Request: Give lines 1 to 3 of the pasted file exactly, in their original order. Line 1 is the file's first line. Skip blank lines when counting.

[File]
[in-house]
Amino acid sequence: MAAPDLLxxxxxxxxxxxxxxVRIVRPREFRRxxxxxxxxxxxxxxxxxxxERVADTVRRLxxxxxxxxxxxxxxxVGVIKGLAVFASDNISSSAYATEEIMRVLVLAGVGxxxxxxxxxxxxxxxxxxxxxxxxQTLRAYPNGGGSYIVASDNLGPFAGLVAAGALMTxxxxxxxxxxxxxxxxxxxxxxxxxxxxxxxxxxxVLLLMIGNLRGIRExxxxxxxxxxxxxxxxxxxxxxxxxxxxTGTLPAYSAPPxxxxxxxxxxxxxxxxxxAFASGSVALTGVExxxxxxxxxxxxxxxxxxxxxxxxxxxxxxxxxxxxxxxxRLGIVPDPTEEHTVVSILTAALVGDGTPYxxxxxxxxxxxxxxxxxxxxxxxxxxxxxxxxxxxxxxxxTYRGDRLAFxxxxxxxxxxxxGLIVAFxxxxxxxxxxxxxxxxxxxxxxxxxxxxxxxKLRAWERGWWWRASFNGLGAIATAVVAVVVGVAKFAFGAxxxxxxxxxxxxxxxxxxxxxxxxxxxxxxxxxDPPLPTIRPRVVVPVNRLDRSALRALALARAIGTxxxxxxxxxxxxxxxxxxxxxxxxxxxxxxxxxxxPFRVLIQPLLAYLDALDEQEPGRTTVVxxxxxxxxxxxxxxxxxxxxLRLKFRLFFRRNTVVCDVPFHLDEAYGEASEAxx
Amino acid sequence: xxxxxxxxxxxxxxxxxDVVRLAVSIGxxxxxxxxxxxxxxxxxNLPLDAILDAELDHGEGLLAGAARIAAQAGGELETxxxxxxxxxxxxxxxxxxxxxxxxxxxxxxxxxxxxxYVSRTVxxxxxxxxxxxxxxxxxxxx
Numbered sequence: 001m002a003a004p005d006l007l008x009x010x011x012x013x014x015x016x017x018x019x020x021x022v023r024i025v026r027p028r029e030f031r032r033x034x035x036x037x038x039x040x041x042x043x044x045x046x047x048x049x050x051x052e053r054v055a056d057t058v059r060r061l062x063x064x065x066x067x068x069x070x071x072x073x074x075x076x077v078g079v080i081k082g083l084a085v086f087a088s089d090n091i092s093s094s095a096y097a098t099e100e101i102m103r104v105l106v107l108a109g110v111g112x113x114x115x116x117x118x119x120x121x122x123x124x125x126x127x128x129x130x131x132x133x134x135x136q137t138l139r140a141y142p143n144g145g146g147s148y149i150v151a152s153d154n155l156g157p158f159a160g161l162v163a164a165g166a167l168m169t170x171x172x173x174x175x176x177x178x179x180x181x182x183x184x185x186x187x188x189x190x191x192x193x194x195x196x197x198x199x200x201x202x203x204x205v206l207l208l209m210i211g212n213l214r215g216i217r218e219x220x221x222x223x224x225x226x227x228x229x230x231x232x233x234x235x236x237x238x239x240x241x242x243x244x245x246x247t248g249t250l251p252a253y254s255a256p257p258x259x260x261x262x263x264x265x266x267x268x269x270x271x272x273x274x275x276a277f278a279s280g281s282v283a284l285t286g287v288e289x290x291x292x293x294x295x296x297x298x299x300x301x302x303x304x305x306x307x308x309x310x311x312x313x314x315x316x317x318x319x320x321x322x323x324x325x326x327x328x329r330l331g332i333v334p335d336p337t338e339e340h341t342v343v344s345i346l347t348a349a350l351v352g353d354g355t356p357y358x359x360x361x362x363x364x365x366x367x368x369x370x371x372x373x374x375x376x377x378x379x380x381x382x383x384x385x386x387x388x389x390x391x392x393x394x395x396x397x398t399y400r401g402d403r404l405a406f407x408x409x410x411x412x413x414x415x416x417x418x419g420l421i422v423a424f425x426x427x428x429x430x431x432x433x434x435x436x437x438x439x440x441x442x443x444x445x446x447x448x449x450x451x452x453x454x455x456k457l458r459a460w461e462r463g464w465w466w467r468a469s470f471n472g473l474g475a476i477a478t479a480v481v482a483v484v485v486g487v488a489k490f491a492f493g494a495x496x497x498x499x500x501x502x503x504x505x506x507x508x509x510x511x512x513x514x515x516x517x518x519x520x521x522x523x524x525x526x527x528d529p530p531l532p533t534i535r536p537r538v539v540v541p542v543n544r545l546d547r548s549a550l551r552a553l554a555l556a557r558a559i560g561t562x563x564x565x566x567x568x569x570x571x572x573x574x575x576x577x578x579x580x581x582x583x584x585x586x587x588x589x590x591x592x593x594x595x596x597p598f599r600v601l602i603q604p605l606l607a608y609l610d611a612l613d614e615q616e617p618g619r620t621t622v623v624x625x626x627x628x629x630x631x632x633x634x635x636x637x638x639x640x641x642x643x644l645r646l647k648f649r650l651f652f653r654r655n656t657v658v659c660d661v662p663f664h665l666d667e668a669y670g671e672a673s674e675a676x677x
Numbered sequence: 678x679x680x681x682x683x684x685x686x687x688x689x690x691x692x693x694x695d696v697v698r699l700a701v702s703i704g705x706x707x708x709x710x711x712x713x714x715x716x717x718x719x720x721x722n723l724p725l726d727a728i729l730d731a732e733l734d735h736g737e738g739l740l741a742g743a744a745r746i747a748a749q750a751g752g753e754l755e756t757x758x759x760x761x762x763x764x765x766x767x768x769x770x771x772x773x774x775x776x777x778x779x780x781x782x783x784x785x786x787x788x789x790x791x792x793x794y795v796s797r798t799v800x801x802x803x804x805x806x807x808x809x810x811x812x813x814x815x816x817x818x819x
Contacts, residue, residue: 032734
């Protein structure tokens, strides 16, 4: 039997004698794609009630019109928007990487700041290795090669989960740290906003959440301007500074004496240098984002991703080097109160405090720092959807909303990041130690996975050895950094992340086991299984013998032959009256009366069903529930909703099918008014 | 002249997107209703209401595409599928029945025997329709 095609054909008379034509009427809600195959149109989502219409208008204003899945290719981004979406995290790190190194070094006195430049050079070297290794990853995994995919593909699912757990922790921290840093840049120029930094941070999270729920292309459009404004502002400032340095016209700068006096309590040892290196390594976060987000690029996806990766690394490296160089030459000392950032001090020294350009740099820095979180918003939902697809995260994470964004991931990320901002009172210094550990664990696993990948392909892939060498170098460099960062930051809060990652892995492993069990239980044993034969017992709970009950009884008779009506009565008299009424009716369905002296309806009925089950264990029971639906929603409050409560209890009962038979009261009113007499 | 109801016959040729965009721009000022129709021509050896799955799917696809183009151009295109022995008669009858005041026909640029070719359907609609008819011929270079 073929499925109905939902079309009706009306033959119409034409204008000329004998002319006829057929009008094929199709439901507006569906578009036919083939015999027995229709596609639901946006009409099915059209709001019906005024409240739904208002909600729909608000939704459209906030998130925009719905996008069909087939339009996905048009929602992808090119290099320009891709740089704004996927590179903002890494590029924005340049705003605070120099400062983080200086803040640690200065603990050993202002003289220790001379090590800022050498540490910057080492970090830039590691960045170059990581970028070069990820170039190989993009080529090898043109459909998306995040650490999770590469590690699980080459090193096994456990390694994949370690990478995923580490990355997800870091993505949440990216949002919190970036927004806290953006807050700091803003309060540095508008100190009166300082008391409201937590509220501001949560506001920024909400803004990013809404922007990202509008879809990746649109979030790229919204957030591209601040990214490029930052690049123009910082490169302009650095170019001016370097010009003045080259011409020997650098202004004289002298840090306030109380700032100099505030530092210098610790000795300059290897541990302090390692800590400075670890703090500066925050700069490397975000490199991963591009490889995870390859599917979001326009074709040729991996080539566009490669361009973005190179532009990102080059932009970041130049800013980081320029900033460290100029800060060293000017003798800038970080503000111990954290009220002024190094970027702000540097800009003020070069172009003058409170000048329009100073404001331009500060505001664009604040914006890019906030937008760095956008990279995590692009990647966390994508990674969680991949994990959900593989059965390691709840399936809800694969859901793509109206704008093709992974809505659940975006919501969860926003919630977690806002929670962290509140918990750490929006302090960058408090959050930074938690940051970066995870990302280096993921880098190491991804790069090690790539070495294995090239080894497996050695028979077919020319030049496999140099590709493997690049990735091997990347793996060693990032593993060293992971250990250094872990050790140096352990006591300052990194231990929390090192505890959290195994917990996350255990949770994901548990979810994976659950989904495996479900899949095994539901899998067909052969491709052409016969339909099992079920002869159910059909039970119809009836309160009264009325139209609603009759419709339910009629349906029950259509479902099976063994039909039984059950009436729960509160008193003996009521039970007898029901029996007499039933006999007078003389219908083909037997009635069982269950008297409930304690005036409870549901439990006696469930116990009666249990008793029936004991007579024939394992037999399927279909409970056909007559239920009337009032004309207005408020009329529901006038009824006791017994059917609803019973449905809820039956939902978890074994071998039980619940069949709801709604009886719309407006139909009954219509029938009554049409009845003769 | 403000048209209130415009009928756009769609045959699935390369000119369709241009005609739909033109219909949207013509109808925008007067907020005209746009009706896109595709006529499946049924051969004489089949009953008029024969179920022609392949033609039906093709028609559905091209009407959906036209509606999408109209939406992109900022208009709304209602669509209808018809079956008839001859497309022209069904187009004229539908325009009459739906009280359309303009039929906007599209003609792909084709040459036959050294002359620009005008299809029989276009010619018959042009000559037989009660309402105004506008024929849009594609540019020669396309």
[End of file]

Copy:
[in-house]
Amino acid sequence: MAAPDLLxxxxxxxxxxxxxxVRIVRPREFRRxxxxxxxxxxxxxxxxxxxERVADTVRRLxxxxxxxxxxxxxxxVGVIKGLAVFASDNISSSAYATEEIMRVLVLAGVGxxxxxxxxxxxxxxxxxxxxxxxxQTLRAYPNGGGSYIVASDNLGPFAGLVAAGALMTxxxxxxxxxxxxxxxxxxxxxxxxxxxxxxxxxxxVLLLMIGNLRGIRExxxxxxxxxxxxxxxxxxxxxxxxxxxxTGTLPAYSAPPxxxxxxxxxxxxxxxxxxAFASGSVALTGVExxxxxxxxxxxxxxxxxxxxxxxxxxxxxxxxxxxxxxxxRLGIVPDPTEEHTVVSILTAALVGDGTPYxxxxxxxxxxxxxxxxxxxxxxxxxxxxxxxxxxxxxxxxTYRGDRLAFxxxxxxxxxxxxGLIVAFxxxxxxxxxxxxxxxxxxxxxxxxxxxxxxxKLRAWERGWWWRASFNGLGAIATAVVAVVVGVAKFAFGAxxxxxxxxxxxxxxxxxxxxxxxxxxxxxxxxxDPPLPTIRPRVVVPVNRLDRSALRALALARAIGTxxxxxxxxxxxxxxxxxxxxxxxxxxxxxxxxxxxPFRVLIQPLLAYLDALDEQEPGRTTVVxxxxxxxxxxxxxxxxxxxxLRLKFRLFFRRNTVVCDVPFHLDEAYGEASEAxx
Amino acid sequence: xxxxxxxxxxxxxxxxxDVVRLAVSIGxxxxxxxxxxxxxxxxxNLPLDAILDAELDHGEGLLAGAARIAAQAGGELETxxxxxxxxxxxxxxxxxxxxxxxxxxxxxxxxxxxxxYVSRTVxxxxxxxxxxxxxxxxxxxx